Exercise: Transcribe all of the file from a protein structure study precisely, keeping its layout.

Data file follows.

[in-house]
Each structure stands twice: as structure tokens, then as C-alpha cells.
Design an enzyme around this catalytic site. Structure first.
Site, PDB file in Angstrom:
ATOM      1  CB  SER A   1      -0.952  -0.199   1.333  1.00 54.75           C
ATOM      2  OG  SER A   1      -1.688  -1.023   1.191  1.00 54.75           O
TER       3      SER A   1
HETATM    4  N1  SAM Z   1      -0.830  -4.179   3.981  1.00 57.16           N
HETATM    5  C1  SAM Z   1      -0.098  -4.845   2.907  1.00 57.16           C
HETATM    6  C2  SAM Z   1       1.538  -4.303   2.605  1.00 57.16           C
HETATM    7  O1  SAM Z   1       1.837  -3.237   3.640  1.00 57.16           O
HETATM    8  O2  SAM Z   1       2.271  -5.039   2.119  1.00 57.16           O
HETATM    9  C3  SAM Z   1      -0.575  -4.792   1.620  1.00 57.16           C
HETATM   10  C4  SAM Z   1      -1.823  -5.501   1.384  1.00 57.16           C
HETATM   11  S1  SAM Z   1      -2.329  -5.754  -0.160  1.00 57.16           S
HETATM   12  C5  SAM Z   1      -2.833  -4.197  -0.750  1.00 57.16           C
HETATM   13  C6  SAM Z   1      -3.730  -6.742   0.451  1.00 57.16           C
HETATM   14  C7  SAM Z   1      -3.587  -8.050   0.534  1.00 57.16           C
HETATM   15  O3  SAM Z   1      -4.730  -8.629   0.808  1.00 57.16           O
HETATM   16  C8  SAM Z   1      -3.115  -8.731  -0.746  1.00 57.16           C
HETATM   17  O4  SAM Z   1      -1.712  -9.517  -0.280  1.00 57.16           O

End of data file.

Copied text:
[in-house]
Each structure stands twice: as structure tokens, then as C-alpha cells.
Design an enzyme around this catalytic site. Structure first.
Site, PDB file in Angstrom:
ATOM      1  CB  SER A   1      -0.952  -0.199   1.333  1.00 54.75           C
ATOM      2  OG  SER A   1      -1.688  -1.023   1.191  1.00 54.75           O
TER       3      SER A   1
HETATM    4  N1  SAM Z   1      -0.830  -4.179   3.981  1.00 57.16           N
HETATM    5  C1  SAM Z   1      -0.098  -4.845   2.907  1.00 57.16           C
HETATM    6  C2  SAM Z   1       1.538  -4.303   2.605  1.00 57.16           C
HETATM    7  O1  SAM Z   1       1.837  -3.237   3.640  1.00 57.16           O
HETATM    8  O2  SAM Z   1       2.271  -5.039   2.119  1.00 57.16           O
HETATM    9  C3  SAM Z   1      -0.575  -4.792   1.620  1.00 57.16           C
HETATM   10  C4  SAM Z   1      -1.823  -5.501   1.384  1.00 57.16           C
HETATM   11  S1  SAM Z   1      -2.329  -5.754  -0.160  1.00 57.16           S
HETATM   12  C5  SAM Z   1      -2.833  -4.197  -0.750  1.00 57.16           C
HETATM   13  C6  SAM Z   1      -3.730  -6.742   0.451  1.00 57.16           C
HETATM   14  C7  SAM Z   1      -3.587  -8.050   0.534  1.00 57.16           C
HETATM   15  O3  SAM Z   1      -4.730  -8.629   0.808  1.00 57.16           O
HETATM   16  C8  SAM Z   1      -3.115  -8.731  -0.746  1.00 57.16           C
HETATM   17  O4  SAM Z   1      -1.712  -9.517  -0.280  1.00 57.16           O